I had a play around with a new website called We Tell Stories, set up by the UK publisher Penguin; it's a step into interactive fiction, and just won an award at South by Southwest, which I've only vaguely heard of, but apparently hands out awards for innovative websites. There are several of these interactive projects you can play around with on the website. One tells a story imposed over a google map of London, so that with each click on 'next' a line is drawn to another point on the map. There's another called 'Fairy Stories', where you get to fill in the name of the characters as you go along.
I'm all for innovation in fiction, but here's why We Tell Stories doesn't work, and why I don't expect the website to still be around in a year's time, if even that long. Fiction is a passive experience; the internet is an interactive experience. If you tell a story where you keep having to click 'next' just to watch a silly blue line scroll across a map, you lose your reader in five minutes flat, because it's a hell of a lot more 'immersive' to just read the damn story without any whistles and bells attached. That's why ereaders have proved so popular, despite their prohibitive cost and associated software/format problems; they come the closest to recreating the passive experience of reading an actual paper book. I don't want to have to come up with the names of characters for stories, because that's the writer's job, to draw me into a world of their creation. If I have to keep coming up with names, I'm going to get annoyed and bored. Which I did, by the way. Don't believe me? Next time you're in the pub and someone's telling a really good story, see if it's improved by them showing you a google map of where they went on that particular day. Er, no.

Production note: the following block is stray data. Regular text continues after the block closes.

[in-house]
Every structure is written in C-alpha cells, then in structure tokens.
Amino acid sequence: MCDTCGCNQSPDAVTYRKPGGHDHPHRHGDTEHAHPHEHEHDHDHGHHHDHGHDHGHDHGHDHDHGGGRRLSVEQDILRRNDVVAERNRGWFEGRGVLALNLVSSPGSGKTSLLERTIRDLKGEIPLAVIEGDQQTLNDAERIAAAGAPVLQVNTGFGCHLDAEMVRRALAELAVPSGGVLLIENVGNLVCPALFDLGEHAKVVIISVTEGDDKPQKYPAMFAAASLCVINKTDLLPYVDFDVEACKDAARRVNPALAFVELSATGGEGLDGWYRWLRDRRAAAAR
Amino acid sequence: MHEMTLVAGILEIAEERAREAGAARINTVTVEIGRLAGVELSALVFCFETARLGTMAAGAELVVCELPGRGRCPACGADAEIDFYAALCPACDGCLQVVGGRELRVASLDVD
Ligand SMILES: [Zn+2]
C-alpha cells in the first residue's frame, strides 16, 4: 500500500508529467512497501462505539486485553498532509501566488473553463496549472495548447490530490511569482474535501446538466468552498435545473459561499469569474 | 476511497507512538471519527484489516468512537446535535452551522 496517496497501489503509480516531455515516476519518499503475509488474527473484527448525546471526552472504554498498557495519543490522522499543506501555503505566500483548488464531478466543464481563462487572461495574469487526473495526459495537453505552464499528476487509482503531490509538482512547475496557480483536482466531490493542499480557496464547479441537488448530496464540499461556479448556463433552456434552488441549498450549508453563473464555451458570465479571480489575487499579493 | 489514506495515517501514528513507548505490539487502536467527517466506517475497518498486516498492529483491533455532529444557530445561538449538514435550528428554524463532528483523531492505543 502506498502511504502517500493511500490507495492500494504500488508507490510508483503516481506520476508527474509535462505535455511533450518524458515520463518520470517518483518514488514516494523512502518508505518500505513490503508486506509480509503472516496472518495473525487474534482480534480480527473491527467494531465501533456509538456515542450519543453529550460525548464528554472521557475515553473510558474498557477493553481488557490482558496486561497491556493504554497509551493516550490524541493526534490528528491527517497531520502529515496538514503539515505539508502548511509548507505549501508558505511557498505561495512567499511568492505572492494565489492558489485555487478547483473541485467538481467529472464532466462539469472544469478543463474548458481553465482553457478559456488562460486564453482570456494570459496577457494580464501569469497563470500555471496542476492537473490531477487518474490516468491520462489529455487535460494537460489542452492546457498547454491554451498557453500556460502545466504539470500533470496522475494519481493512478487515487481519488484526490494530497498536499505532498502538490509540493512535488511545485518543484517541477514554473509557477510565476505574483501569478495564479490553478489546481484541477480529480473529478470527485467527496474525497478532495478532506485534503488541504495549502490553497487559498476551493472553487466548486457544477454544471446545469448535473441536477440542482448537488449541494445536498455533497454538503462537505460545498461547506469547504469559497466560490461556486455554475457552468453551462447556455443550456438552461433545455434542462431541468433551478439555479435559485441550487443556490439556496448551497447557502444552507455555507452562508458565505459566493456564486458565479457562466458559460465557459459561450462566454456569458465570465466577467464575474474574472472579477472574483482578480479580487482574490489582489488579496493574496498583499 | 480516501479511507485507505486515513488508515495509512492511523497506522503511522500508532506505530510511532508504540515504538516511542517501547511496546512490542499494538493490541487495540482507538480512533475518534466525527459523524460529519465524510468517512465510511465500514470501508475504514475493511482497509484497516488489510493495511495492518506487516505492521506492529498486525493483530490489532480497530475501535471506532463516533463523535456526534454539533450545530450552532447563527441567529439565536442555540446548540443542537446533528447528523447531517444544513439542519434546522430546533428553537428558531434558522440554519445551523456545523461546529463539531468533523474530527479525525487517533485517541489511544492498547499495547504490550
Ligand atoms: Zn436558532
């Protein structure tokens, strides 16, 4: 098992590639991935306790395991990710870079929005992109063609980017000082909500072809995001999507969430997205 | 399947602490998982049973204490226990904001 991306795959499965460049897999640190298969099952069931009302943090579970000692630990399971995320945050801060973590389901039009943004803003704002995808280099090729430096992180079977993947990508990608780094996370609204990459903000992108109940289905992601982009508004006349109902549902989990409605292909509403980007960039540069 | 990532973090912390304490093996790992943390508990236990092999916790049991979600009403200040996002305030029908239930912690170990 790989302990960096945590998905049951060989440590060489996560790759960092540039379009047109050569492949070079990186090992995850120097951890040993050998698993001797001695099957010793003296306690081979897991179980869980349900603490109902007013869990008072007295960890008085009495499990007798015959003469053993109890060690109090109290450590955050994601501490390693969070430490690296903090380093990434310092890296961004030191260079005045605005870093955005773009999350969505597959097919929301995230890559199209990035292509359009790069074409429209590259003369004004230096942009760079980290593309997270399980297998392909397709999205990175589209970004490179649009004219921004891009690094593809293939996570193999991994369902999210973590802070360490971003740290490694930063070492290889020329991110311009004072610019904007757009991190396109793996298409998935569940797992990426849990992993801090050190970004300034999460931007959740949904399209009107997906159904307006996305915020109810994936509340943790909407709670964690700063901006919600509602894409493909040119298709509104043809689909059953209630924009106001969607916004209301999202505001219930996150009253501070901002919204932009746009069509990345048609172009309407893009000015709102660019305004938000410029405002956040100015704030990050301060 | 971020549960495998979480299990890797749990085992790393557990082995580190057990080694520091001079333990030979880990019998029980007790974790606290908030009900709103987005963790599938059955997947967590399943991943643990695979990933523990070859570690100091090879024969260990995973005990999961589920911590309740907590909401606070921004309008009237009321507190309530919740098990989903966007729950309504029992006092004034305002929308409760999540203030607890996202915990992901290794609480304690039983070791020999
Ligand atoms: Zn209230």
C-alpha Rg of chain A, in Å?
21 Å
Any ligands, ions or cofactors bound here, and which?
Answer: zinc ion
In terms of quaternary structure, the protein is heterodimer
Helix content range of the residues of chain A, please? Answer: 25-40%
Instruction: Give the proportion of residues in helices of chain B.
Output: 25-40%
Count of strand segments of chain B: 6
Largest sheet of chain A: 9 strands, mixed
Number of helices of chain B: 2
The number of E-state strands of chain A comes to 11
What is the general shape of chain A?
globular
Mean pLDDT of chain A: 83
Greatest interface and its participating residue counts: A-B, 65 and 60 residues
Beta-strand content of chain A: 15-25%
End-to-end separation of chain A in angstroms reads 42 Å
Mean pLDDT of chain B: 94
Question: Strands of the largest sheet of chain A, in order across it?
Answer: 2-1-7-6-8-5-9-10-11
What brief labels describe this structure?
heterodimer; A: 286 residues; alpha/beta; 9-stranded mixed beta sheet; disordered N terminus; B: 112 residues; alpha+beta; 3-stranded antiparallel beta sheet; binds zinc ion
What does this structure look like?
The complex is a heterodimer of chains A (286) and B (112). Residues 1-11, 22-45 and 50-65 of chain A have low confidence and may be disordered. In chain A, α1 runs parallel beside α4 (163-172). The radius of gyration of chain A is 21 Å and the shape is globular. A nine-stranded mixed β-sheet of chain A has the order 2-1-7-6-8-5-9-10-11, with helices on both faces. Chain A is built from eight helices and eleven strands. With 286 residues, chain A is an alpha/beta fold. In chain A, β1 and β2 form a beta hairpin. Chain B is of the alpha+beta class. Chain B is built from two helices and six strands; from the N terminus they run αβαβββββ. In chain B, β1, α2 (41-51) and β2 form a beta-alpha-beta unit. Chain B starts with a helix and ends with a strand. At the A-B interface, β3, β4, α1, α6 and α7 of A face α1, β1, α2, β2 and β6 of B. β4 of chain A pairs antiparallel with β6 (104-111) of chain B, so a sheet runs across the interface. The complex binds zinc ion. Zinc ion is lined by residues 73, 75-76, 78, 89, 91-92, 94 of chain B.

That's not to say I'm entirely against it. Like I say, innovation is a good thing, and experimenting is always worthwhile. However, as most scientists will tell you, most experiments provide 'fail' results. Where I can see some of these fiction models working is with very young children, where story-time is in fact a collaborative process between child and parent. I'd have loved something like this as a wee kid, and obviously slanted for my age. But 'We Tell Stories', I'm afraid, isn't it, and what particularly set alarm bells ringing was a Mr Hon's statement (according to the BBC report where I first learned of the site, anyway) that '"E-books are boring - they are just taking a manuscript and turning it into a PDF.'
Oh dear. And I suppose reading is a bit boring too, isn't it, Mr Hon? Here's the deal; if you need bells and whistles to persuade you to sit down and read a story, then frankly, nothing's going to make you want to read it. Not even that, er, great aid to reading, Google Maps.